Bil’s rating (out of 5): BBBB. USA, 1934. Columbia Pictures Corporation. Screenplay by S.K. Lauren,James Gow, Edmund H. North, based on the story Don’t Fall In Love by Dorothy Speare, Charles Beahan. Cinematography by Joseph Walker. Produced by Harry Cohn. Music by Gus Kahn, Victor Schertzinger. Production Design by Stephen Goosson. Costume Design by Robert Kalloch. Film Editing by Gene Milford. Academy Awards 1934.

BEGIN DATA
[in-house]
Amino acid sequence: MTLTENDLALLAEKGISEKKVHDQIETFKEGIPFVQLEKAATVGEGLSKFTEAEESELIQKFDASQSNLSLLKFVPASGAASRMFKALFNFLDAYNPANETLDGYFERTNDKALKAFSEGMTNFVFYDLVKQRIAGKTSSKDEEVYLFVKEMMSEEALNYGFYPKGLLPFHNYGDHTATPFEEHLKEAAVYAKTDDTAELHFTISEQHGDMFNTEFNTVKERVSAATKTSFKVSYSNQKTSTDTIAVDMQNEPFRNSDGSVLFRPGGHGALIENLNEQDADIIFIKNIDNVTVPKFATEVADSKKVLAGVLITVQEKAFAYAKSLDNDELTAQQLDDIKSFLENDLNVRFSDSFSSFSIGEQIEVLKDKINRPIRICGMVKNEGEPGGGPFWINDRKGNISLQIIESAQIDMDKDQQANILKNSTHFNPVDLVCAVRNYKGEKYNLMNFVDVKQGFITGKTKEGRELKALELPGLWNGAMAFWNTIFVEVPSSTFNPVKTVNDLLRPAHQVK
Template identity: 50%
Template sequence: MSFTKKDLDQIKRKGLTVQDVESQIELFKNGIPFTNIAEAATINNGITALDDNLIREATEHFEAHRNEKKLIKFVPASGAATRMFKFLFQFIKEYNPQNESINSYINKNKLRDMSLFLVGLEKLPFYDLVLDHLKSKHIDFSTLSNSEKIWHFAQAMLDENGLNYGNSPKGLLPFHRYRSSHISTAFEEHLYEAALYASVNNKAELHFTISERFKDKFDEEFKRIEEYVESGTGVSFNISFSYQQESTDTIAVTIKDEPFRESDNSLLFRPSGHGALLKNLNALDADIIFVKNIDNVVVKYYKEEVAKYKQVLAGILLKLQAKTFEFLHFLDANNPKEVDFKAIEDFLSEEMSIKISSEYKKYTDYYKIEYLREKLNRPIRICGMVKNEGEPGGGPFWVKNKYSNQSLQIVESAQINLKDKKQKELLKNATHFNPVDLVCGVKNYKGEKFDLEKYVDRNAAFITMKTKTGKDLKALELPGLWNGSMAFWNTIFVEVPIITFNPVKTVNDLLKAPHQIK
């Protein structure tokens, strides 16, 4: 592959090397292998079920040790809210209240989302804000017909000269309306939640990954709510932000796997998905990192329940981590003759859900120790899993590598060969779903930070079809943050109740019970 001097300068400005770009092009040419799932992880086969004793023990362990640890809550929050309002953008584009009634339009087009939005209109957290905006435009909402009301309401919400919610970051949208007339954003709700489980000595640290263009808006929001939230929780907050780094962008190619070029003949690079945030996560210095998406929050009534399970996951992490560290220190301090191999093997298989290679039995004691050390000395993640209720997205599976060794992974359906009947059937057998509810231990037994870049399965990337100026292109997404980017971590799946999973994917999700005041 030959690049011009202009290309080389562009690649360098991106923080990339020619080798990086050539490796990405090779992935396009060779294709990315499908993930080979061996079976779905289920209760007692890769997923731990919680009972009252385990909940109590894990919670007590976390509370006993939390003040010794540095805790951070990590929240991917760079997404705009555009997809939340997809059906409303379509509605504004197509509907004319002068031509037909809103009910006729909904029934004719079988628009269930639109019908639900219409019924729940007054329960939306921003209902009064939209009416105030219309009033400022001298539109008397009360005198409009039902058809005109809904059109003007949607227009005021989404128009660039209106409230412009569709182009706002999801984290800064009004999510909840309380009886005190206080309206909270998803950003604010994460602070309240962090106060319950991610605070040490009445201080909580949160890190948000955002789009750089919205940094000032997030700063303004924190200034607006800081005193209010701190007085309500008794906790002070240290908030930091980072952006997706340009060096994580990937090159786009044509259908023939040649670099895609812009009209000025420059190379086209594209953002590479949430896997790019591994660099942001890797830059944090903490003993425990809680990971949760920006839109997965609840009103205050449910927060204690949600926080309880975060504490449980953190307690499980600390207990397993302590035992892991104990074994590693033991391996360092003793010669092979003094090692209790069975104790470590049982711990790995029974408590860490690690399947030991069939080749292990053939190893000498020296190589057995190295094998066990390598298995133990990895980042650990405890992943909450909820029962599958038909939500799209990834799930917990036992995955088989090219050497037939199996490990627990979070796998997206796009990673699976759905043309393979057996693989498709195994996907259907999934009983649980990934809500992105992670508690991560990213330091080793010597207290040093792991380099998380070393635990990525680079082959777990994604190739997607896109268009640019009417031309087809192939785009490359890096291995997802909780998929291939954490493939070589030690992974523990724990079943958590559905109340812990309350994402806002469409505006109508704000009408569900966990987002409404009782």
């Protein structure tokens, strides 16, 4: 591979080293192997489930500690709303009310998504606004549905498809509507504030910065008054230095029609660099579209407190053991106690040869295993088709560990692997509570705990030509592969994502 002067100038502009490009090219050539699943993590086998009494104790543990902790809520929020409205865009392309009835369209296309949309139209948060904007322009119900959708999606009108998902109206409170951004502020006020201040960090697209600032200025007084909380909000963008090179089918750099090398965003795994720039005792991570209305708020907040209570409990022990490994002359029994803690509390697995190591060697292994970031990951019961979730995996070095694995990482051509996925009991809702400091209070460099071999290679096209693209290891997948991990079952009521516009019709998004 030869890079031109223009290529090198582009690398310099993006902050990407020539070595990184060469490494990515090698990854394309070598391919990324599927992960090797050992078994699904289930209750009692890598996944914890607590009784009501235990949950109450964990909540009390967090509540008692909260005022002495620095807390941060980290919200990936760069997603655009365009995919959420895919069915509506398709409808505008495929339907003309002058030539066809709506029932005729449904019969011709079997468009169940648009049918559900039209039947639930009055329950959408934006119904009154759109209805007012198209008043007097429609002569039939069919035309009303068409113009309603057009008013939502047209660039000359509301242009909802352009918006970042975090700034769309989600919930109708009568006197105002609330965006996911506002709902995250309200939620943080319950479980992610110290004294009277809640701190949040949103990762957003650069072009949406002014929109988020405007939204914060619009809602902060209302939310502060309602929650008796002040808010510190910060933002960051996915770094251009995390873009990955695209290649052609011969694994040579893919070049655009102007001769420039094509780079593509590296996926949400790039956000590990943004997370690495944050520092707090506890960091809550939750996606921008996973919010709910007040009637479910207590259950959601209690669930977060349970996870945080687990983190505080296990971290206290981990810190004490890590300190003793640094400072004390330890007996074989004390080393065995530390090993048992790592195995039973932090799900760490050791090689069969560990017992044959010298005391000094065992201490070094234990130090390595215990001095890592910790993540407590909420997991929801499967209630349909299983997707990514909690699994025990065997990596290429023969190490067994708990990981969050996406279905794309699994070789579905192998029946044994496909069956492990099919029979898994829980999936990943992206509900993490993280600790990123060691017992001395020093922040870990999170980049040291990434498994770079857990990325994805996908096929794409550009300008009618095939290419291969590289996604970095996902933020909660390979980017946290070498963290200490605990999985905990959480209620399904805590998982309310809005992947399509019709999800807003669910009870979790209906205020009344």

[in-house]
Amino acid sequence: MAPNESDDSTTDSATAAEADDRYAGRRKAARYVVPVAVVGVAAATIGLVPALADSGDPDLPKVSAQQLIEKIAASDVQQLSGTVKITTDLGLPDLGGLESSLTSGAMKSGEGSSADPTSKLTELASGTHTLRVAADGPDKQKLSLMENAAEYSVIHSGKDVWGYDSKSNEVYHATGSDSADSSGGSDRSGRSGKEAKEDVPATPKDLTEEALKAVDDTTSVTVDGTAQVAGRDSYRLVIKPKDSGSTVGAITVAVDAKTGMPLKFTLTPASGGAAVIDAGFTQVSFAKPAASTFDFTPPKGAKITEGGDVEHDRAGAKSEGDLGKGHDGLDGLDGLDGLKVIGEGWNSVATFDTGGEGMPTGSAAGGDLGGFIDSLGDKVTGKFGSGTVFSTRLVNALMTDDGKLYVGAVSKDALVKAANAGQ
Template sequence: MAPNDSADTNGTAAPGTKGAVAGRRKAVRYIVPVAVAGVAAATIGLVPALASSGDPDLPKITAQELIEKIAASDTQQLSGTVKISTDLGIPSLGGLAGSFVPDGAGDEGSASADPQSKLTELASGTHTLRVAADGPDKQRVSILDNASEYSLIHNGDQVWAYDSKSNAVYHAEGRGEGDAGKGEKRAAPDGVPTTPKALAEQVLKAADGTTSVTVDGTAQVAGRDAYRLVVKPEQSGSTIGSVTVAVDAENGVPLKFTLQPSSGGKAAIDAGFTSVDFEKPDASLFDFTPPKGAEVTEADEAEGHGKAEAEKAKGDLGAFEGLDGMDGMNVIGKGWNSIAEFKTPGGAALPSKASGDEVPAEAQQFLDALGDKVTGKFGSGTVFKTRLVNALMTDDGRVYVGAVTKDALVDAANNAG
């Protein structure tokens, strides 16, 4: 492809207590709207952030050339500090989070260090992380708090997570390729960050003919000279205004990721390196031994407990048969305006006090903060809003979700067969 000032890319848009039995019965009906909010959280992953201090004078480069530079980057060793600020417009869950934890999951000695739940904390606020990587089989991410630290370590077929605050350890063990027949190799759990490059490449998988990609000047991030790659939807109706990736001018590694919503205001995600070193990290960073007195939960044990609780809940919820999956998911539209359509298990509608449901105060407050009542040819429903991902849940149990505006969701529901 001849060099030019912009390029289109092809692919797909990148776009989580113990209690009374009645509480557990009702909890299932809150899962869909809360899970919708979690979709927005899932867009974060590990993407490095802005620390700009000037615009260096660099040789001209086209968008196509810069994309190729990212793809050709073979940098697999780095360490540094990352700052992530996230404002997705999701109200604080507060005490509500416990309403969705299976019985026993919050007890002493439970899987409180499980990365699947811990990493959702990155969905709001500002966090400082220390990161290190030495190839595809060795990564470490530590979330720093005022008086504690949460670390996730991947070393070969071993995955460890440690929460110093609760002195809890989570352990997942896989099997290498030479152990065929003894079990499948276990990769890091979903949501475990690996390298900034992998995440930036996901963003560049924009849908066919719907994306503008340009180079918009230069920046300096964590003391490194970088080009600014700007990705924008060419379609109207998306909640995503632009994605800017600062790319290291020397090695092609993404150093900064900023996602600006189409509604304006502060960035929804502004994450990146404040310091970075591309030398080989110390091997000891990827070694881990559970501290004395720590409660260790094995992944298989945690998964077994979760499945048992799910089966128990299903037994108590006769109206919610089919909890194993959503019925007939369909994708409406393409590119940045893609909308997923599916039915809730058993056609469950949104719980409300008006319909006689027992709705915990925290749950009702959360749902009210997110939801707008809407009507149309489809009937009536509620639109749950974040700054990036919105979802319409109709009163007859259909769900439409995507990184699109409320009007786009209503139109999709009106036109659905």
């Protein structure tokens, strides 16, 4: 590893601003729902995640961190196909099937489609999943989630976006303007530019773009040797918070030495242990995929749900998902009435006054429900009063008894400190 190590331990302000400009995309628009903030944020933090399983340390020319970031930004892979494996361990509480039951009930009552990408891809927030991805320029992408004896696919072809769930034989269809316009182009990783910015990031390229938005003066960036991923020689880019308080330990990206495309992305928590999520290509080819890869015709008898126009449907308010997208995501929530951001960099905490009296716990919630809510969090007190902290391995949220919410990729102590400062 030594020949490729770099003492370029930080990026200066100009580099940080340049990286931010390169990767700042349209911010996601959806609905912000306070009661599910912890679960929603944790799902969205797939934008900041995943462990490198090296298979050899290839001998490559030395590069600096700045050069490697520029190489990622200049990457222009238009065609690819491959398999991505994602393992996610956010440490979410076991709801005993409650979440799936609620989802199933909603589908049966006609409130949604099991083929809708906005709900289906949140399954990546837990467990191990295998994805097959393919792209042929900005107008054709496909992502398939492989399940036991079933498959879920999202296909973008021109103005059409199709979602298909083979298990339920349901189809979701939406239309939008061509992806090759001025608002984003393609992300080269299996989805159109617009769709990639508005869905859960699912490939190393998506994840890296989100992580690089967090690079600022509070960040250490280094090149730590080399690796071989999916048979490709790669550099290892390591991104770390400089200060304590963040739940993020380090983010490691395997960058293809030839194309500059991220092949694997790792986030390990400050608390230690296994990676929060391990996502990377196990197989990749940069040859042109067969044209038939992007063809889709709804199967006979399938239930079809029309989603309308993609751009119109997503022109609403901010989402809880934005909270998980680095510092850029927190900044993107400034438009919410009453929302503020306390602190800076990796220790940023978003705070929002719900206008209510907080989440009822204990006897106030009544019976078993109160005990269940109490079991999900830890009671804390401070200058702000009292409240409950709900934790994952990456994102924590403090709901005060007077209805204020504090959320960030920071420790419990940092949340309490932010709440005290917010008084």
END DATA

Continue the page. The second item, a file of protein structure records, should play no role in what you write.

The tragically short film career of Grace Moore, who brought her operatic talents to the movies for only a few years before dying in a plane crash, is likely best remembered for her charming Oscar nominated performance in this groundbreaking musical. The sound designers won a special achievement Oscar for their revolutionary work and the effect is impressive, it’s rare that a film from the early thirties has such a smooth transition between dialogue and musical scenes. Moore plays an opera singer with stars in her eyes who goes to Italy to study music and ends up a singing waitress until the most important maestro of all time (Tullio Carminati, who is terrible) spots her and takes her under his wing. He has decided to stop having personal affairs with his charges and trains her like a drill sergeant, giving her no time for a personal life and making her work night and day. By the time she starts booking gigs, Moore starts to feel rebellious and Carminati has to admit that he has feelings for her. The romantic subplot at the heart of the story is ridiculous, the leads couldn’t have less chemistry if he was a goldfish, and the idea that someone so talented would put romance above being successful at her work is just offensive, but the musical numbers are beyond outstanding. Moore sparkles in numbers like “Ciri-Biri-Bin” and excerpted selections from Madame Butterfly and Carmen are completely worth the effort on their own.